Friday, May 30, 2008

More Steve Kluger goodness!

Shortly after I finished Almost Like Being in Love, I re-read Steve Kluger's first novel, which I read at the beginning of last summer. Last Days of Summer is, like its successor, written in the epistolary format, told through letters, matchbook covers, Western Union telegrams, and newspaper articles.

The novel begins in 1940. The New York Giants are playing at the Polo Grounds. Hitler's power is rising in Germany. And Joey Margolis, a twelve-year-old Jewish boy, moves to an Italian neighborhood in Brooklyn after his parents' divorce. He lives in an apartment with his mother and Aunt Carrie. He and his best friend, a twelve-year-old Japanese boy named Craig Nakamura, are subject to many beatings from the neighborhood kids. Joey's father won't spend time with his son, but has plenty of time to take his new wife to Monte Carlo. The lack of attention from his father is what leads Joey to "a life of crime," at one point resulting in a stay in Juvenile Hall after urinating in the Central Park reservoir.

Joey starts to search for a father figure, and finds one in the temperamental, hard-living, fast-talking third baseman for the Giants, Charlie Banks. He starts writing letters to Charlie, claiming a variety of diseases such as malaria, in order to get his attention. Charlie doesn't fall for this, yet he still responds to Joey's letters. In spite of the rocky start, the two eventually develop a warm relationship. One summer, Joey becomes the bat boy for the Giants. Charlie stands up for Joey at his bar mitzvah when his biological father won't. Joey even helps Charlie romance one of the most popular female singers of the time, Hazel MacKay.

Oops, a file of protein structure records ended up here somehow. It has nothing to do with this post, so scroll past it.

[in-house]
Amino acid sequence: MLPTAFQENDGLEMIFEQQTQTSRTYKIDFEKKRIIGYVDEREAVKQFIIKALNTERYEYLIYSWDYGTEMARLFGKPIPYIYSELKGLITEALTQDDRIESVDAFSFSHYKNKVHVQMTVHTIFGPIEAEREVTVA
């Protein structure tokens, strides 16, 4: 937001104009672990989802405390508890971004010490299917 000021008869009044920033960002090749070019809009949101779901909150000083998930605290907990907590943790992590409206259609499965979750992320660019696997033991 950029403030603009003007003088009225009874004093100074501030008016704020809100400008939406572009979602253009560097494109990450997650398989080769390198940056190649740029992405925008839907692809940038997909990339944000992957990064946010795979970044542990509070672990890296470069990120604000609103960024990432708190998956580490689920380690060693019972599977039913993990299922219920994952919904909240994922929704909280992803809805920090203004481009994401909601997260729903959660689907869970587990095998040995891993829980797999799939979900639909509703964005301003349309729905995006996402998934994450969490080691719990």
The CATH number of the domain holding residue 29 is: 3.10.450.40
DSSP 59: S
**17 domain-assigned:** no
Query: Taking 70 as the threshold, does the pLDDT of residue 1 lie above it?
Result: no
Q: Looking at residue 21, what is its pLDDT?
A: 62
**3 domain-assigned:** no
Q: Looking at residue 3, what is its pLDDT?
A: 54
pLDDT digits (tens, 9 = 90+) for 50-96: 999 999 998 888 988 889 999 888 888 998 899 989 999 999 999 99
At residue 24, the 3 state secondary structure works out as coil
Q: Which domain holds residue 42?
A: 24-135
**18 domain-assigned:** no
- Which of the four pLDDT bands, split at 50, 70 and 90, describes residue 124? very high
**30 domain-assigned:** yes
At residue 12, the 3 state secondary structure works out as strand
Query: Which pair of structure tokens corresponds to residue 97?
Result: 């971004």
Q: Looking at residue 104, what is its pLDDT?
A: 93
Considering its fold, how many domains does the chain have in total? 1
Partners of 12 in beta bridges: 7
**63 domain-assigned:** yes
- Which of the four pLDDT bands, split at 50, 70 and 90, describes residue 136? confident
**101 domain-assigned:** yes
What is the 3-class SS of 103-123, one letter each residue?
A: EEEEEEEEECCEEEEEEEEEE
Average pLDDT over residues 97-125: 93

Under Charlie's guidance, Joey matures. He gradually stops getting into trouble, and learns to stand up for himself. Joey is still troubled, however, by some other issues of the day, namely the beginnings of World War II. And two thirds of the way into the novel, the war plays a crucial role.

If anyone has ever had a surrogate parent in their lives, or any other adult that they otherwise looked up to during their youth, Last Days of Summer is the perfect novel. If anything, I loved this novel for the clever storytelling. I really admire Steve Kluger's creativity in the epistolary novel--and that alone is reason enough to read it.

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